On the fourth planet from a bright yellow star, someone sits staring at a small pane of ground glass, watching the night sky. Stars and planets abound: the night is clear, as it often is on this planet.

The pattern is a bit blurred. The being holds the piece of glass firmly with two hands, reaches down with a third hand, and up with a fourth, adjusting two knobs. The focus improves; the image is clear.

The being recognizes the patterns cast by the stars and planets, for it has watched this sky many times, knows the different ways it looks at the different times of the year. In one corner of the sky, it sees something that moves, something that does not belong. It watches the object for a while, notes its path and trajectory, and then sits quietly, eyes closed, in deep concentration, reaching out to others in the weave.

As the being sits, a younger one comes into the room and climbs into its lap. This one looks like the telescope watcher in miniature: both are covered in fur that evokes the pale gold of dawn or sunset. The first one does not open its eyes as the newcomer wiggles around to make itself comfortable, though it strokes the small one as a parent strokes a child.

The small one leans over the ground glass. The object that does not belong is still there, moving across the sky. From the child's mind come images of fantastic beings: wide fat things, with no arms or legs; horned creatures twice as tall as any creature ever seen.

The father is amused by these images. It strokes the child again, untangling a knot in its fur. But it can feel nothing from the sky object, and neither can the others with whom it is connected. Nothing with a mind. Nothing alive.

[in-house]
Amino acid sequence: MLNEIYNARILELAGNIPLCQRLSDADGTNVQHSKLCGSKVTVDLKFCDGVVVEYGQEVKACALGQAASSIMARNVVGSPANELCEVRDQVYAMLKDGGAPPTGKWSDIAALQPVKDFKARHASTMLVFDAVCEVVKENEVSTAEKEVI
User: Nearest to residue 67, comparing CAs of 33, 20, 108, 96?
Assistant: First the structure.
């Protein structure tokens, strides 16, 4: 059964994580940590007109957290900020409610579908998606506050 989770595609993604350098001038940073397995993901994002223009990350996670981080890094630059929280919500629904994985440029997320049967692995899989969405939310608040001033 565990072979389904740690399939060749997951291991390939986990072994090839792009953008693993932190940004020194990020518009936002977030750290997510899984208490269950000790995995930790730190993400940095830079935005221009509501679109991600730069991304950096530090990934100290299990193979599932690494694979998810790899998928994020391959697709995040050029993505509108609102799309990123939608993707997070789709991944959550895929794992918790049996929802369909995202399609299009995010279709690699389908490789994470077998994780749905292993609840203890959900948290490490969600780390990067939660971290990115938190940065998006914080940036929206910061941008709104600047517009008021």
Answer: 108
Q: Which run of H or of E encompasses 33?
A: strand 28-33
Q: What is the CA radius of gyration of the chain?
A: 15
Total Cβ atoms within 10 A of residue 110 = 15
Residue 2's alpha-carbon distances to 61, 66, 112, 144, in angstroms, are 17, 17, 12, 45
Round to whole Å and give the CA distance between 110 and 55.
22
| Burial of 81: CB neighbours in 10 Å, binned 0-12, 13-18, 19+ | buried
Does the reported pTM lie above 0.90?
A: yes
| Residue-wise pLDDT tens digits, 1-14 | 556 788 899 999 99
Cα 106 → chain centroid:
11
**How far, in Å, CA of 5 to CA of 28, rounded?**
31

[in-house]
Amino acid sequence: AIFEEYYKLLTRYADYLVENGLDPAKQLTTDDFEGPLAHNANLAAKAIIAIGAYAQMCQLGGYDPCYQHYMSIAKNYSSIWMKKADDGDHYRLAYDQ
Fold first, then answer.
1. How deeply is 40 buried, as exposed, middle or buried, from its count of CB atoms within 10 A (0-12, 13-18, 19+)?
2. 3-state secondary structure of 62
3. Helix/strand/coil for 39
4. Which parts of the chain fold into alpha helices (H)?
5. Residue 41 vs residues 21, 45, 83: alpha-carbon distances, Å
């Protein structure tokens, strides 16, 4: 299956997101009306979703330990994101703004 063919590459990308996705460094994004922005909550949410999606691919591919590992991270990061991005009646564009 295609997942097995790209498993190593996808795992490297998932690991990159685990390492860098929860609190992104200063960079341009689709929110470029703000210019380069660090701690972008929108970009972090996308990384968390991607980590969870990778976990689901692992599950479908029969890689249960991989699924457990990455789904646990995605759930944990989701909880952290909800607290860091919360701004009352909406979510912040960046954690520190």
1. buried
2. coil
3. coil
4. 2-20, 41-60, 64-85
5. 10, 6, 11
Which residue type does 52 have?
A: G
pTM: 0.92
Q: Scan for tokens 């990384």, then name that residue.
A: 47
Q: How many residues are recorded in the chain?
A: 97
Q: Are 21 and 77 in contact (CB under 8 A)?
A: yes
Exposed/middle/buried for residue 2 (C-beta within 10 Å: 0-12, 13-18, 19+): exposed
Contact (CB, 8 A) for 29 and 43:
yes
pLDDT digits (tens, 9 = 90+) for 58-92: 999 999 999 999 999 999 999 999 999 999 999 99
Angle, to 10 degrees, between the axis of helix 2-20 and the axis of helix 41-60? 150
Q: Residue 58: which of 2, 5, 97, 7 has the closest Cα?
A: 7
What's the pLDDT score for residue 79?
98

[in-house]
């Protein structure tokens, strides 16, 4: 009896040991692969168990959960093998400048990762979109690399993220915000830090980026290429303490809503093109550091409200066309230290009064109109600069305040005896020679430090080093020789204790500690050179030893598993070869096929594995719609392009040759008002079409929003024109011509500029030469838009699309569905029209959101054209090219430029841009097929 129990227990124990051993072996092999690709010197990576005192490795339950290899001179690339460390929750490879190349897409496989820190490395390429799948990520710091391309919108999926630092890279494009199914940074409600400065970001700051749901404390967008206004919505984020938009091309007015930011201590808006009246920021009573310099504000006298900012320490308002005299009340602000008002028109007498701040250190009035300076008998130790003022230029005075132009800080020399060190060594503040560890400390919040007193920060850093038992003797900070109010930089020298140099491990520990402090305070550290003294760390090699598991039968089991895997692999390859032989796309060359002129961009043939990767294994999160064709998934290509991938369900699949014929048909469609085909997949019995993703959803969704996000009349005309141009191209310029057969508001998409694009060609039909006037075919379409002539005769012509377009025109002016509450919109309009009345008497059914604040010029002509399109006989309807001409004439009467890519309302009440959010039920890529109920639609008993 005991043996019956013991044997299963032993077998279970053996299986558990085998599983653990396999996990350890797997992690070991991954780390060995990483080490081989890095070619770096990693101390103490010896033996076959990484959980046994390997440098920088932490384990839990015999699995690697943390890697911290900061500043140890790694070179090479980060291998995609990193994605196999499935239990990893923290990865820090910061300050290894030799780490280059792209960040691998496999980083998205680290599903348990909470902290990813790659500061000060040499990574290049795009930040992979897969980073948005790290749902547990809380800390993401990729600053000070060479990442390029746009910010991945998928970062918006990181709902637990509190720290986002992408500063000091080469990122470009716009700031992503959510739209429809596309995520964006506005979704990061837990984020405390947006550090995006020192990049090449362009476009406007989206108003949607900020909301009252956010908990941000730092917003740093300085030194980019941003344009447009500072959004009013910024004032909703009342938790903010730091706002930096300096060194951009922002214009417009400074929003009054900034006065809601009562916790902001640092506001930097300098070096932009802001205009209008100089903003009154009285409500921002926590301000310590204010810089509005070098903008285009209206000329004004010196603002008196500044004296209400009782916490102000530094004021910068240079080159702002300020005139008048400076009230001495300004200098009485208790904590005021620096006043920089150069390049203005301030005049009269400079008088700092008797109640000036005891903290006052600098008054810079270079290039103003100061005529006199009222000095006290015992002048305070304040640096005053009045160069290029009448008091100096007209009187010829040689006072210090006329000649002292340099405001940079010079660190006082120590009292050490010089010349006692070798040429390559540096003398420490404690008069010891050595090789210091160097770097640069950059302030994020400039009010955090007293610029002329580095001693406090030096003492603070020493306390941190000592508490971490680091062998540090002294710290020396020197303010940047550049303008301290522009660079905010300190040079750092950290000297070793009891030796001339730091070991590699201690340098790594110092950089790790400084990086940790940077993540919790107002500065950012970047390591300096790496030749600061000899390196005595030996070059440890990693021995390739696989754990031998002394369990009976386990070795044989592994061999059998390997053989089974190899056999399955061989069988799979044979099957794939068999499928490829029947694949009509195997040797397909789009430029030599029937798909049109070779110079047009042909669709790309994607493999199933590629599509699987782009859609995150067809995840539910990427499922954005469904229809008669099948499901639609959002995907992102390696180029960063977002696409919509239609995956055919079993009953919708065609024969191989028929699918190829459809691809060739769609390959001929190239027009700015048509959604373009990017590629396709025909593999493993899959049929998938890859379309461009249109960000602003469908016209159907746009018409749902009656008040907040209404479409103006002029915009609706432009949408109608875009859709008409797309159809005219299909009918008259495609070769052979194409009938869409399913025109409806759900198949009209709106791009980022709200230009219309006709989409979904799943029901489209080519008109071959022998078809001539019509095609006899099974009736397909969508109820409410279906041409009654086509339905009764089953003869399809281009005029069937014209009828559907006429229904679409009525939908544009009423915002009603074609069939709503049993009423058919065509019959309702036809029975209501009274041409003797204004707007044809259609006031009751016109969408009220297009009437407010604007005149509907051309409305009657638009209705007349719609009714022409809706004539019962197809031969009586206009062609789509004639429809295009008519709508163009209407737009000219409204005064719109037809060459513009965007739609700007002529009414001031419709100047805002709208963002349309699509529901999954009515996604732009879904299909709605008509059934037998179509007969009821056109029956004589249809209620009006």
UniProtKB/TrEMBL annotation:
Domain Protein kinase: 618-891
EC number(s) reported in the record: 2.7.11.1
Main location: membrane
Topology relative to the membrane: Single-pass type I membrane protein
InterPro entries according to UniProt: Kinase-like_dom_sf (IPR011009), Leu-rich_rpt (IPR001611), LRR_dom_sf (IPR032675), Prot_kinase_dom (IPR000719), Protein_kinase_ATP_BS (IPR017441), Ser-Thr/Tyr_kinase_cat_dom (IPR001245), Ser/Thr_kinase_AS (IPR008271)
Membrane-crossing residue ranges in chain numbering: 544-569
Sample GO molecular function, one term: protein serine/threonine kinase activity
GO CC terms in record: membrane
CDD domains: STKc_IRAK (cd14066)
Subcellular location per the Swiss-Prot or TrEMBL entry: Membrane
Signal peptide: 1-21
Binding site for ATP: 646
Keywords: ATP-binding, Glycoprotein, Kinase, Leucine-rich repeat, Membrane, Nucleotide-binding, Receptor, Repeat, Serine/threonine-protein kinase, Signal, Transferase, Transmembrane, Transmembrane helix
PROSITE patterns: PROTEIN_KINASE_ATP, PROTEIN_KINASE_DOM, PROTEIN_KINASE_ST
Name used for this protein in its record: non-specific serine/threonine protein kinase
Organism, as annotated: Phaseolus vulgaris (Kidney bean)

A debate — of sorts — begins to rage within the weave. An image of some kind of beings — like them but not like them — sending the object. Another one of rocks and matter, nothing tied to life. A protest that this object seems different from the meteors and bits of asteroid that they know. And from the small one — insistently — constant images of unusual beings, each one more improbable than the last. The debate continues without resolution.

A last image is introduced, one out of ancient history: many objects similar to the one in the night sky and beings landing, creatures that look neither like them nor like anything in the child's imagination.

The child can feel the adults' fear, but is more excited than afraid. Other worlds exist beyond this place; other beings populate the universe. Then and there it resolves to meet these others one day.

The father is engrossed in the discussion of what should be done, but spares a moment for the child's thoughts. And pats the small one gently, encouragingly, as if to say, yes, my dear one, yes, you will.